The bubonic plague has resurfaced in California for the first time in five years, with a resident of the state testing positive for the infamous disease after walking their dog through the woods, according to ABC News.
Officials in El Dorado County confirmed that the person in question, a resident of South Lake Tahoe, tested positive after walking their dog along the Truckee River Corridor. Officials believe that the person may have been bitten by a flea that was already carrying the disease, which is also known as the black plague. Since being diagnosed, the patient has been recovering in their home under the care of medical professionals.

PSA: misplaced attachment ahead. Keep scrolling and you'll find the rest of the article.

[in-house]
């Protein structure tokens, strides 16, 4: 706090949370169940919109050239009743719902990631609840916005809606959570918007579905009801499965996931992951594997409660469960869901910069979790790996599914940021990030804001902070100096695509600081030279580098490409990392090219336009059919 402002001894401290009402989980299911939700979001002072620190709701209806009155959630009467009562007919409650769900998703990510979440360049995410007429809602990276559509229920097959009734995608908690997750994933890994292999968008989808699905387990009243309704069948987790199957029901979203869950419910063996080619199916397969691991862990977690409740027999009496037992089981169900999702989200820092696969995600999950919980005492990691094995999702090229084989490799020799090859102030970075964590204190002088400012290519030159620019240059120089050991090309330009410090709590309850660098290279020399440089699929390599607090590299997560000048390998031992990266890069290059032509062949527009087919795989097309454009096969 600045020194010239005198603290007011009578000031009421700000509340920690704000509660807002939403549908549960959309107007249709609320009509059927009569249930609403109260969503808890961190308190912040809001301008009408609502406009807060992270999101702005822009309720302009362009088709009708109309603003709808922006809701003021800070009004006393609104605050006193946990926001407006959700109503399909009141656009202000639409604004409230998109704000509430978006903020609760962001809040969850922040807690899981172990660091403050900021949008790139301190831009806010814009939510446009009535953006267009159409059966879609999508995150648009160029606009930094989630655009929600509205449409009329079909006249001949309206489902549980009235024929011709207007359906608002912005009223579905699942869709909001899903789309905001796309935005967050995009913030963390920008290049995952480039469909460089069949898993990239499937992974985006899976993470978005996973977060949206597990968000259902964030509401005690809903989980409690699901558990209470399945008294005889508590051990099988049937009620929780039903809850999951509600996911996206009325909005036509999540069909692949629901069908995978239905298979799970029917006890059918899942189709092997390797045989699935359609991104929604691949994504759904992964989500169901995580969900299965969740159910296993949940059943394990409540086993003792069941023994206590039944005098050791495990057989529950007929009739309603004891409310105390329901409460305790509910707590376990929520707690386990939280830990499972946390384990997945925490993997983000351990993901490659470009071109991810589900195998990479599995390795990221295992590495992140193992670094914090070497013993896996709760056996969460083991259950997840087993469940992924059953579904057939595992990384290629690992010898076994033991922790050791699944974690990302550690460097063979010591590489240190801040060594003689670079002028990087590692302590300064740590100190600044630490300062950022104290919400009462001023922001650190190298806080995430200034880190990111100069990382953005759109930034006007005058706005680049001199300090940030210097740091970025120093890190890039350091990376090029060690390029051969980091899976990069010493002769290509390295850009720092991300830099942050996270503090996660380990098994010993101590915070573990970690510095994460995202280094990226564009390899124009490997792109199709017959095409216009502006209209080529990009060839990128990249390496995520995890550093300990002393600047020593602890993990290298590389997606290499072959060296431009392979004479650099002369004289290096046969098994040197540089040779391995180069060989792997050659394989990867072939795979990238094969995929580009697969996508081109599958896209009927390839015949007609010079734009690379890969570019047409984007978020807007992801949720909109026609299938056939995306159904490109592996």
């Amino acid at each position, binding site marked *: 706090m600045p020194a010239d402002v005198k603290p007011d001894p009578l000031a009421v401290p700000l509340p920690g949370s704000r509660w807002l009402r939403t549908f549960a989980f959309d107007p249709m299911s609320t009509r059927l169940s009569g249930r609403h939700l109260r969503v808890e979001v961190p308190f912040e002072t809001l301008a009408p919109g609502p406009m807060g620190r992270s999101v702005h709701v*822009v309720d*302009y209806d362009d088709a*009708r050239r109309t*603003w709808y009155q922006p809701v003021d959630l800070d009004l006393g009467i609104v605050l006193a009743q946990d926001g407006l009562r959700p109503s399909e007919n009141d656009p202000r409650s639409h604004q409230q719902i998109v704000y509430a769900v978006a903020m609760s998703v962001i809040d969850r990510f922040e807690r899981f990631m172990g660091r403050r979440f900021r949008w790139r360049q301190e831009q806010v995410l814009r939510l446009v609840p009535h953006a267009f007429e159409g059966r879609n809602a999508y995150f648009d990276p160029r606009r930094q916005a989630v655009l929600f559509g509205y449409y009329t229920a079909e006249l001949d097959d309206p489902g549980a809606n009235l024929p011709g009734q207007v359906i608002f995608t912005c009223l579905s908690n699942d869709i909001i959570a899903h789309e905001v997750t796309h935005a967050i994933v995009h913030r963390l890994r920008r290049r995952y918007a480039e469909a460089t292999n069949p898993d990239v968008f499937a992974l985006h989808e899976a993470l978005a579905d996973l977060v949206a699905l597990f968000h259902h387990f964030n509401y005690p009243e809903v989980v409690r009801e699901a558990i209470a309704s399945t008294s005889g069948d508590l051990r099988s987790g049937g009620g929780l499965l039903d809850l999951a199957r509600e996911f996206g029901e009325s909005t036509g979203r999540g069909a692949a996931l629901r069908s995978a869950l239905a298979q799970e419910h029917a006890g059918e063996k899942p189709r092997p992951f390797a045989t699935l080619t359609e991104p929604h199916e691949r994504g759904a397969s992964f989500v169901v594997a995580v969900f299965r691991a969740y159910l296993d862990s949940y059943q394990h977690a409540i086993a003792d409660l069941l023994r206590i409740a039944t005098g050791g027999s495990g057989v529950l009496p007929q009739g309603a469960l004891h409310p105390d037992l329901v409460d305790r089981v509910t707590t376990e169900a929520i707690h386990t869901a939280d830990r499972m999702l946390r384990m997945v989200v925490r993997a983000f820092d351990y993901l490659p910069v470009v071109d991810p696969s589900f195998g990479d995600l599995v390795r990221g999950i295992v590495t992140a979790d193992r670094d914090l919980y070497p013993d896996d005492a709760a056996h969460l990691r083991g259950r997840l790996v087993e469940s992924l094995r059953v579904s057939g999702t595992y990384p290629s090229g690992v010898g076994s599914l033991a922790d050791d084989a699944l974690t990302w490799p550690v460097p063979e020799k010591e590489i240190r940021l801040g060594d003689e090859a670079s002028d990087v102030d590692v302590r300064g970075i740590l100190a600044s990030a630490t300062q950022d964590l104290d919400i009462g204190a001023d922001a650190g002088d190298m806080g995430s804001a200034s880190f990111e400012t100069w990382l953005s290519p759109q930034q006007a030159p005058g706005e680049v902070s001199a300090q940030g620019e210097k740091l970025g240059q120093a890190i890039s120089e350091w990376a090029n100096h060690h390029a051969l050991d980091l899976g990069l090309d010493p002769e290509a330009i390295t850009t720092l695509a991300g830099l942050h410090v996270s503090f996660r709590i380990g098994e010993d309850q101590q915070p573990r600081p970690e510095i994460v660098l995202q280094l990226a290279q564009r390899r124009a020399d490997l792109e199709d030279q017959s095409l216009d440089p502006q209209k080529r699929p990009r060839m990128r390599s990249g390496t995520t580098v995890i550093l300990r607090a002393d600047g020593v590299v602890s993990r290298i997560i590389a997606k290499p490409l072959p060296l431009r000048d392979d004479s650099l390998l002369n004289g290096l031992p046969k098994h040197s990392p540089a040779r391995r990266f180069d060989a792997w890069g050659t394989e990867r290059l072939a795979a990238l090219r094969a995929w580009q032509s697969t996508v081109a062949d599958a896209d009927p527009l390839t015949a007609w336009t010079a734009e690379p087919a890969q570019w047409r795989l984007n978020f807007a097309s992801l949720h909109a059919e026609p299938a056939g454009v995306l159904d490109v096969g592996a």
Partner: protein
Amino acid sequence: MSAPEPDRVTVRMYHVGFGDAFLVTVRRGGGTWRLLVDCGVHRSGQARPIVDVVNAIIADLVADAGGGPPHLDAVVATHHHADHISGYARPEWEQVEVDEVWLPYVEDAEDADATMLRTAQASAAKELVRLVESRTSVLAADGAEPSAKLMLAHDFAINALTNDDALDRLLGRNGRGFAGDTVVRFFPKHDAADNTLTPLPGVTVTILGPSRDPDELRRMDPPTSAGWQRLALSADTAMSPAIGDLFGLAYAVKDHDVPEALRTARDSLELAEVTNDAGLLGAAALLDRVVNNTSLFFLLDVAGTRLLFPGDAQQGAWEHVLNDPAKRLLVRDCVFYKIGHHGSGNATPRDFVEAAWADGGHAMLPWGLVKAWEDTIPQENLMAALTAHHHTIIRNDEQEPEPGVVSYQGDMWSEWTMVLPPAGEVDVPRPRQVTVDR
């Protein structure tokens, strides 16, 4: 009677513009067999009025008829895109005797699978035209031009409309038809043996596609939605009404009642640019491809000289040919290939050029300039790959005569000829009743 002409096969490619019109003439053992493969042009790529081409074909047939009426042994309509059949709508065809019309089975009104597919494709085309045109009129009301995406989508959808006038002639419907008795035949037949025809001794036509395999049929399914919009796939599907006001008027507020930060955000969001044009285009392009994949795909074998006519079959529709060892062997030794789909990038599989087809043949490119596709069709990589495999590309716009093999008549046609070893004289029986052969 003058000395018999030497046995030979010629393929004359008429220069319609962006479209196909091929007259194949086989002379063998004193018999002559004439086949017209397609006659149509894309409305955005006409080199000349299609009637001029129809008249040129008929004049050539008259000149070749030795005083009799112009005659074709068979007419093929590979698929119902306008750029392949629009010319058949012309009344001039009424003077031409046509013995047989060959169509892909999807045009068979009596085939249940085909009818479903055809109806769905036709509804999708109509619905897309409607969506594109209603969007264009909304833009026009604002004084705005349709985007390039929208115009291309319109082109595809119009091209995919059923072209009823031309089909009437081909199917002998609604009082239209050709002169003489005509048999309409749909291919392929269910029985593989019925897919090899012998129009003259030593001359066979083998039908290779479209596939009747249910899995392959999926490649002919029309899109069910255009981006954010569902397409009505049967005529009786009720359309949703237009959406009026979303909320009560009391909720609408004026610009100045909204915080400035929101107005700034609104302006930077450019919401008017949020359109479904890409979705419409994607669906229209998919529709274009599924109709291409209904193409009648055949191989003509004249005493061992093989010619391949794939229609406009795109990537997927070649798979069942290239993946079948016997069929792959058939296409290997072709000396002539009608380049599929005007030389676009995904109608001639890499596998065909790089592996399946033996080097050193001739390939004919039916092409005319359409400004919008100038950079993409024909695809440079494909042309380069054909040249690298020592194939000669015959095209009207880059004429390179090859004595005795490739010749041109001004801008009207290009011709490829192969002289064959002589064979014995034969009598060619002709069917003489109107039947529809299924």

El Dorado’s Health and Human Services confirmed that symptoms of the disease can be detected within two weeks after first contact; among these symptoms are “fever, nausea, weakness, and swollen lymph nodes.” Despite the disease’s deadly reputation, officials confirmed that it can be treated effectively with the use of antibiotics if it is detected early enough.
The bubonic plague is most well-known for its spread across Medieval Europe in the mid-1300s, where, due to very little and very poor medical care available to most Europeans at the time, it spread like wildfire and killed off roughly half of the European population. Although exact figures remain unknown, it is believed to have taken the lives of anywhere from 75 million to 200 million before the plague finally ran its course.